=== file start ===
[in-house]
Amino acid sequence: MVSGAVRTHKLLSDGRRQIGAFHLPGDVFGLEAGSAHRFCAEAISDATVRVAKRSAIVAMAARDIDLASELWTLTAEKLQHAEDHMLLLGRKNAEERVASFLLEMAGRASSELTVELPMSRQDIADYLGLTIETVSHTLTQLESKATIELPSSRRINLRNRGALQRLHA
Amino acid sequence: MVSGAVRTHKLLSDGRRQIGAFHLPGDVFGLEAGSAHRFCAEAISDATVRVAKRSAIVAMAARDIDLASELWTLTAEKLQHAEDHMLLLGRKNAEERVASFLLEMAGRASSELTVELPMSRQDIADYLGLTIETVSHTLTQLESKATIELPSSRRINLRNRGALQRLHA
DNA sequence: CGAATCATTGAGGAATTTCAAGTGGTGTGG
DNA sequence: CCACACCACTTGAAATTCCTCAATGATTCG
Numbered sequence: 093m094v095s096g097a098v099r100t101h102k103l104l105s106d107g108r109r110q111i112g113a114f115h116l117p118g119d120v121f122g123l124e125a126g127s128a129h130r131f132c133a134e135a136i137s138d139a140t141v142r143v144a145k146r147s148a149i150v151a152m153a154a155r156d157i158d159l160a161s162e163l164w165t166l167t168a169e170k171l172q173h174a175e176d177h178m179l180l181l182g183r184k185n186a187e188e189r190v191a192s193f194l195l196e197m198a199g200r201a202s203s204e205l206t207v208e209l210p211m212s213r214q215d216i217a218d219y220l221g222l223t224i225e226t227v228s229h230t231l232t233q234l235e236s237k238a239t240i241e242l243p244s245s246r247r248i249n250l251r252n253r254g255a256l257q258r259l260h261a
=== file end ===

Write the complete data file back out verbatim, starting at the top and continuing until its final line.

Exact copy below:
[in-house]
Amino acid sequence: MVSGAVRTHKLLSDGRRQIGAFHLPGDVFGLEAGSAHRFCAEAISDATVRVAKRSAIVAMAARDIDLASELWTLTAEKLQHAEDHMLLLGRKNAEERVASFLLEMAGRASSELTVELPMSRQDIADYLGLTIETVSHTLTQLESKATIELPSSRRINLRNRGALQRLHA
Amino acid sequence: MVSGAVRTHKLLSDGRRQIGAFHLPGDVFGLEAGSAHRFCAEAISDATVRVAKRSAIVAMAARDIDLASELWTLTAEKLQHAEDHMLLLGRKNAEERVASFLLEMAGRASSELTVELPMSRQDIADYLGLTIETVSHTLTQLESKATIELPSSRRINLRNRGALQRLHA
DNA sequence: CGAATCATTGAGGAATTTCAAGTGGTGTGG
DNA sequence: CCACACCACTTGAAATTCCTCAATGATTCG
Numbered sequence: 093m094v095s096g097a098v099r100t101h102k103l104l105s106d107g108r109r110q111i112g113a114f115h116l117p118g119d120v121f122g123l124e125a126g127s128a129h130r131f132c133a134e135a136i137s138d139a140t141v142r143v144a145k146r147s148a149i150v151a152m153a154a155r156d157i158d159l160a161s162e163l164w165t166l167t168a169e170k171l172q173h174a175e176d177h178m179l180l181l182g183r184k185n186a187e188e189r190v191a192s193f194l195l196e197m198a199g200r201a202s203s204e205l206t207v208e209l210p211m212s213r214q215d216i217a218d219y220l221g222l223t224i225e226t227v228s229h230t231l232t233q234l235e236s237k238a239t240i241e242l243p244s245s246r247r248i249n250l251r252n253r254g255a256l257q258r259l260h261a